After slumbering for years, Miami Beach has suddenly become Miami-Dade's hottest office market. Demand for space from entertainment companies and high-tech firms has touched off the city's first ofice construction boom in three decades.
February 8th, 2008 - Downtown Miami’s post office building, the circa 1912 historic landmark that served as the city’s original Federal Courthouse, post office and weather bureau, is on the market.
While there has been so much talk about residential real estate of late and while Wire focused on that market about a month ago, we can’t forget about the other segment of the real estate market that’s also experiencing dramatic...
In the wake of the dot-com bust and national economic slowdown, it’s no wonder we’re seeing “Class-A Office Space Available” signs in so many windows and “For Lease” banners on every block. Five years after the City...
December 11th, 2003 - Art Basel Miami Beach, the international show that last we brought thousands to the city for the second year, will make South Florida its permanent home, according to organizer Robert Goodman.
A Miami Beach office building called The Lincoln has sold for $74 million, underscoring investors’ increasingly voracious appetite to own office property in South Florida.
Miami Beach is about to see bowling in a whole new light. Lucky Strike Lanes, an upscale bowling lounge that has become a favorite haunt of Hollywood stars, has signed a deal to open on the ground floor of The Lincoln a 1692 Michigan Ave. The South Beach location aims to open by December with 14 lanes, a restaurant, bar, and outdoor seating.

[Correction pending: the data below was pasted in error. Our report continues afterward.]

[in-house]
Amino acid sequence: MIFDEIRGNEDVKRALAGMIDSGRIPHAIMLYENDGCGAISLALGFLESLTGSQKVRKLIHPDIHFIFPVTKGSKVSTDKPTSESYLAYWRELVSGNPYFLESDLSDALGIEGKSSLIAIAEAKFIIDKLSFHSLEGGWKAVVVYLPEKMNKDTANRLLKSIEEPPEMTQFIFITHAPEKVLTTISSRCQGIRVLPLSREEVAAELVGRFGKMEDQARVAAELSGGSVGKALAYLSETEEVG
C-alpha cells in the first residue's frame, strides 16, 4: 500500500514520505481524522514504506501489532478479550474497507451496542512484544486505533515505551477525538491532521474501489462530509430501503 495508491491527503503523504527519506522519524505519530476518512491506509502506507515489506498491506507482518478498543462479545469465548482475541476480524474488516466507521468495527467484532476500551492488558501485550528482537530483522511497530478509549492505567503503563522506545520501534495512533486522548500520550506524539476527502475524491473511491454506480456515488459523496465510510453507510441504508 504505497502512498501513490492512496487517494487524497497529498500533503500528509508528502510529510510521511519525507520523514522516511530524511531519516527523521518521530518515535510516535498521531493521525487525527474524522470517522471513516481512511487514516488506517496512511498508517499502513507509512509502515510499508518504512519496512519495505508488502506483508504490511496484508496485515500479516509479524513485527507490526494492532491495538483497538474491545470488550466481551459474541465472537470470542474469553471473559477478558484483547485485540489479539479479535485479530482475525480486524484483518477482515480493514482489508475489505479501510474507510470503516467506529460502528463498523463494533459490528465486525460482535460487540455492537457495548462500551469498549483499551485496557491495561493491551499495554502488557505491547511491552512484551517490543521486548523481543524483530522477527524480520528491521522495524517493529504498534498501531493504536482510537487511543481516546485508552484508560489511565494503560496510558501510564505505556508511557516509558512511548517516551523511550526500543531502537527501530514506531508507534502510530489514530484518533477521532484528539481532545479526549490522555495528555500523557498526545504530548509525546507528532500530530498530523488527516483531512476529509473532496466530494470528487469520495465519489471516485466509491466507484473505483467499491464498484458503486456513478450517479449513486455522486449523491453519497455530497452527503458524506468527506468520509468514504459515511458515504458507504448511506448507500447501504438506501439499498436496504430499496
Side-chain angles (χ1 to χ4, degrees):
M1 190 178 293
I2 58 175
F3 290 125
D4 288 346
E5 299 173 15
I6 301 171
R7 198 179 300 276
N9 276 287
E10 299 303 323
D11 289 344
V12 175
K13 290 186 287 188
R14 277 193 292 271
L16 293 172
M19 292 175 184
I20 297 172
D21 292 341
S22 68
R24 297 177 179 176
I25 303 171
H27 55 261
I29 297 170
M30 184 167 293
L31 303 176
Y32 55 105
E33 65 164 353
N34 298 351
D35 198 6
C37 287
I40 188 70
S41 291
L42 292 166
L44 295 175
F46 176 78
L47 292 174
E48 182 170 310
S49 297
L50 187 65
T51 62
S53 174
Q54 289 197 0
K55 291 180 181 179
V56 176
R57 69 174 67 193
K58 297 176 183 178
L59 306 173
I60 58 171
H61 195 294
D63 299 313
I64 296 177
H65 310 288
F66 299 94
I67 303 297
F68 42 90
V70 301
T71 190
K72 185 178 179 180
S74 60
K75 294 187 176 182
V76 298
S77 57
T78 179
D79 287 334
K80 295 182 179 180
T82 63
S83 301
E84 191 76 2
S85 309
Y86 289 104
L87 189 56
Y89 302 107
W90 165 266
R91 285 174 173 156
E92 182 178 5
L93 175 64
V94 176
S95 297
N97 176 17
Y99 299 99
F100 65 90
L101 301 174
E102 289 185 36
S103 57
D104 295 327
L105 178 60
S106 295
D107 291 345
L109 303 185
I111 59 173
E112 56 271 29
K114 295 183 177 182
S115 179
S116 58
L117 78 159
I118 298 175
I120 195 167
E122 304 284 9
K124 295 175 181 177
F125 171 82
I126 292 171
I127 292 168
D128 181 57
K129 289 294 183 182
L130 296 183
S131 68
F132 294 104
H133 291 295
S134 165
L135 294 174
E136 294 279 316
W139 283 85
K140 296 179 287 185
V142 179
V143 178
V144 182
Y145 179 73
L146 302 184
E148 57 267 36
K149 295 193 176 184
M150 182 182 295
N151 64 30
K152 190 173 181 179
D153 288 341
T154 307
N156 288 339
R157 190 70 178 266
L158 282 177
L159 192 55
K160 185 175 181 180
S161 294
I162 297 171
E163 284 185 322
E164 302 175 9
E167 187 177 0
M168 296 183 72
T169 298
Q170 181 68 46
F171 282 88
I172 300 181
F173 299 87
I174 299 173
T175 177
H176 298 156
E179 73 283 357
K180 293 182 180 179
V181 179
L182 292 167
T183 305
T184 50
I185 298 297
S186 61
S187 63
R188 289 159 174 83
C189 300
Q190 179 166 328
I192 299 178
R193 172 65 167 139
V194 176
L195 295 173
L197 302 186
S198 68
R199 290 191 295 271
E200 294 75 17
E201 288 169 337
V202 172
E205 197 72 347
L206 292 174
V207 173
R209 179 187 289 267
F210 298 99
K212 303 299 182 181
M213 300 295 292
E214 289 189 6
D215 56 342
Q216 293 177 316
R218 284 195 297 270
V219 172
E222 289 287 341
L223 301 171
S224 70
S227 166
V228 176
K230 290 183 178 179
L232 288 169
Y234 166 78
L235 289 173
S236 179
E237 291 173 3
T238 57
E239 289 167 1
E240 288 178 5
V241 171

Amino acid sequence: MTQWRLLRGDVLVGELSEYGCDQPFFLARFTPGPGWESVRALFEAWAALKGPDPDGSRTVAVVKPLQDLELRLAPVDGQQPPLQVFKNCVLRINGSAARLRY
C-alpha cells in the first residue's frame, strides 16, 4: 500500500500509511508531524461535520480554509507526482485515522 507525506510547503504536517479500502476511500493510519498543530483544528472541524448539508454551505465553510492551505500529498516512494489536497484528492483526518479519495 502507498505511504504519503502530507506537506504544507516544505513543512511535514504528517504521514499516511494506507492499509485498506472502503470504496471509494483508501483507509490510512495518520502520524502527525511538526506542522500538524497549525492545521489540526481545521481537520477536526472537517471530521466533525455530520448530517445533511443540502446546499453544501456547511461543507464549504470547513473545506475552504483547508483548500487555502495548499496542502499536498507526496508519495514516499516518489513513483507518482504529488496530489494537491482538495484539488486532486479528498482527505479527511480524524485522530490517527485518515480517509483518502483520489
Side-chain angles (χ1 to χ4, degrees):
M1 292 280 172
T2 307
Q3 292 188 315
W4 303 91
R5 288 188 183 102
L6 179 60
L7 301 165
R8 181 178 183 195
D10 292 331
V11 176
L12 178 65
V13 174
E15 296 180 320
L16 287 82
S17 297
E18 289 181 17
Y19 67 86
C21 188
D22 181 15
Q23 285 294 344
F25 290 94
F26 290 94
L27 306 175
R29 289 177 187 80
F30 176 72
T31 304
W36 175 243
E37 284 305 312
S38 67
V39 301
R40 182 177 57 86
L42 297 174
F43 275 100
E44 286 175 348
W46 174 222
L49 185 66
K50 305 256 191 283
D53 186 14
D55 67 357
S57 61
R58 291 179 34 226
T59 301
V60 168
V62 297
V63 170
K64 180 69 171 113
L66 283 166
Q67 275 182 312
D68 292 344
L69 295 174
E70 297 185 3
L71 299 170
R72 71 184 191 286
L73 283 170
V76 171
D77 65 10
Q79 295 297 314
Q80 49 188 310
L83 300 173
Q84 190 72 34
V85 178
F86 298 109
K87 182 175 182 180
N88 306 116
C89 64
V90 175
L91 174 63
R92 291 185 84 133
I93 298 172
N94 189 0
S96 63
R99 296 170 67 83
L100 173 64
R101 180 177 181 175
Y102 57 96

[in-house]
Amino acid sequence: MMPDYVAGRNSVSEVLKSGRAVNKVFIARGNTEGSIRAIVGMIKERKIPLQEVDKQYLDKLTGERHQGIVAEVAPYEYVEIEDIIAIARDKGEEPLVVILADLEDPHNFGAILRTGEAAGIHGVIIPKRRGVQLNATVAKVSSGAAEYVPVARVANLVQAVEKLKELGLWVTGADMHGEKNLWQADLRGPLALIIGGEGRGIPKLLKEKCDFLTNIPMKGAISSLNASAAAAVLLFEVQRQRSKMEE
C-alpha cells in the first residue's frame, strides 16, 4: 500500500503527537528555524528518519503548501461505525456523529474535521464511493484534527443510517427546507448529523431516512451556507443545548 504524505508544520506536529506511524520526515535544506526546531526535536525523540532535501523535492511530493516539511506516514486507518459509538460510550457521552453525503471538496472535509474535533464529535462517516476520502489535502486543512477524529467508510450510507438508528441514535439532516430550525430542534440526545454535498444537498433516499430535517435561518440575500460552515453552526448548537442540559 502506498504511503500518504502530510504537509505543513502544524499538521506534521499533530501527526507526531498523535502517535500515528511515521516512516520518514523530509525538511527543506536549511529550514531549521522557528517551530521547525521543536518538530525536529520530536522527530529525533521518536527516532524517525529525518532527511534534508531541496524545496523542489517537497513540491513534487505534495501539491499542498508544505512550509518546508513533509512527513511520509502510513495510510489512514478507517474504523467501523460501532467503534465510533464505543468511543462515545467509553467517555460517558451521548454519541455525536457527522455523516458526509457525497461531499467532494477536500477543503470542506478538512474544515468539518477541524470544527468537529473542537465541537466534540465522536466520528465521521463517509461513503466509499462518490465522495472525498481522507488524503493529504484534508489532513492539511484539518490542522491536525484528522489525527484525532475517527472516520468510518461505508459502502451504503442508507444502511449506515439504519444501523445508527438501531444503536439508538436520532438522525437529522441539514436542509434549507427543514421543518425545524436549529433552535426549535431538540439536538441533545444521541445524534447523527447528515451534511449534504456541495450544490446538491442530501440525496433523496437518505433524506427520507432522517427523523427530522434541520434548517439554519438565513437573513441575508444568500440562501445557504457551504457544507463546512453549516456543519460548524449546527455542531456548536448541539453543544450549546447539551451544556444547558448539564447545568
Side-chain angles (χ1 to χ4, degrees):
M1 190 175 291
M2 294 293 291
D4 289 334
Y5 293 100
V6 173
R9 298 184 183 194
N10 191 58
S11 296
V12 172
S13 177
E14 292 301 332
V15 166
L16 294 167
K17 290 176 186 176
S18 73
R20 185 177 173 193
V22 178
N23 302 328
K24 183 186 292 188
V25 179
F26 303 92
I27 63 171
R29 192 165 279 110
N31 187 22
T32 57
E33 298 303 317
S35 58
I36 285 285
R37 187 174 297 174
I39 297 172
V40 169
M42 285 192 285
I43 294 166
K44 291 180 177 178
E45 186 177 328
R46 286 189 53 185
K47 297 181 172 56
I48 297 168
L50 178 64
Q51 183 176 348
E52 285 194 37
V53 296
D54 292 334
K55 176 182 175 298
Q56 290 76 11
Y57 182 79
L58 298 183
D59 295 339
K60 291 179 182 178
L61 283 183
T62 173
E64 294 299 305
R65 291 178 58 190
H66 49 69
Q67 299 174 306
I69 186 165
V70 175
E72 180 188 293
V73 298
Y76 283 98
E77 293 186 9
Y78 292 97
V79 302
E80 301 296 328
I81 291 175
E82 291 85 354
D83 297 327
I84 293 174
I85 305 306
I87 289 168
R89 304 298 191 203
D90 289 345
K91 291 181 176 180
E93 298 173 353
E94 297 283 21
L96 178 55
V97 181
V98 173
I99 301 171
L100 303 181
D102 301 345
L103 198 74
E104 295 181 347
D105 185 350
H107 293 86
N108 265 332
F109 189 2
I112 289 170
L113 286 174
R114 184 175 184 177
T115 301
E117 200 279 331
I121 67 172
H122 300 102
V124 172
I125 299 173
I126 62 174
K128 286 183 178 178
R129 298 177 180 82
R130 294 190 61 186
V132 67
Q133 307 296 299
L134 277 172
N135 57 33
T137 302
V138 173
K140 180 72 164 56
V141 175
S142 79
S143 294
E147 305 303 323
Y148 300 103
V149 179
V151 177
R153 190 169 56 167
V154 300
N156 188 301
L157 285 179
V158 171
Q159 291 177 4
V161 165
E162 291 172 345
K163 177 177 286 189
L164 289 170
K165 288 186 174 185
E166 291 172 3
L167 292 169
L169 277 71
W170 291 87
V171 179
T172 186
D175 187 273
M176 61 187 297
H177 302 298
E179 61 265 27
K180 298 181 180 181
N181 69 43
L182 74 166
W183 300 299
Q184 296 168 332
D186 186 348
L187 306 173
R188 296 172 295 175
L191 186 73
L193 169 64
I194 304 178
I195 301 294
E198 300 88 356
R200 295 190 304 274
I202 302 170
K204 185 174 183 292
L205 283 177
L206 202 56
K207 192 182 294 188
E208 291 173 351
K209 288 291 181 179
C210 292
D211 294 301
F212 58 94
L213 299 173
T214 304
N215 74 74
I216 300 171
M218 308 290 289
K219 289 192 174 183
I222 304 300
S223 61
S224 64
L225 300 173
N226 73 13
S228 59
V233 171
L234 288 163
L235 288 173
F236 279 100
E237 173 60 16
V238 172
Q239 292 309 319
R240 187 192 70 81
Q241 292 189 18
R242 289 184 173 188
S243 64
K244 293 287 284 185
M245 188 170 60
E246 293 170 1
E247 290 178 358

A develper who has been at the forefront in the emergence of South Beach, championing the partnership of the private and public sectors in the development and revitalization process, is now turning his focus to downtown Miami.
January 25th, 2002 - Miami’s jewelry district is a gem without a shine. But there’s a new appraisal of the four-block district, home to hundreds of jewelers and gemologists. The Miami Downtown Development ...
Miami's old downtown post office, a once stately building that faded over the years, is about to be resurrected as part of a commercial and residential development project that will make it a star in the city's new urban landscape.
May 22nd Scott Robins, owner of the Scott Robins Companies, a successful property management, leasing, and development conglomerate, is a Miami Beach native who has worked in real estate in the area since 1988.
Best Cool South Beach Places.
Scott Robins is many things: a developer, a property manager, a general contractor and one of Miami Beach's foremost figures. He's also got some pretty nifty spaces to lease in several properties all over South Beach.
Sunset Harbour revamp to add residential retail offerings...
Transformation of Miami Beach’s Sunset Harbour District, originally designated industrial, continues as a local developer and the city partner to build a $30-plus million retail and garage complex.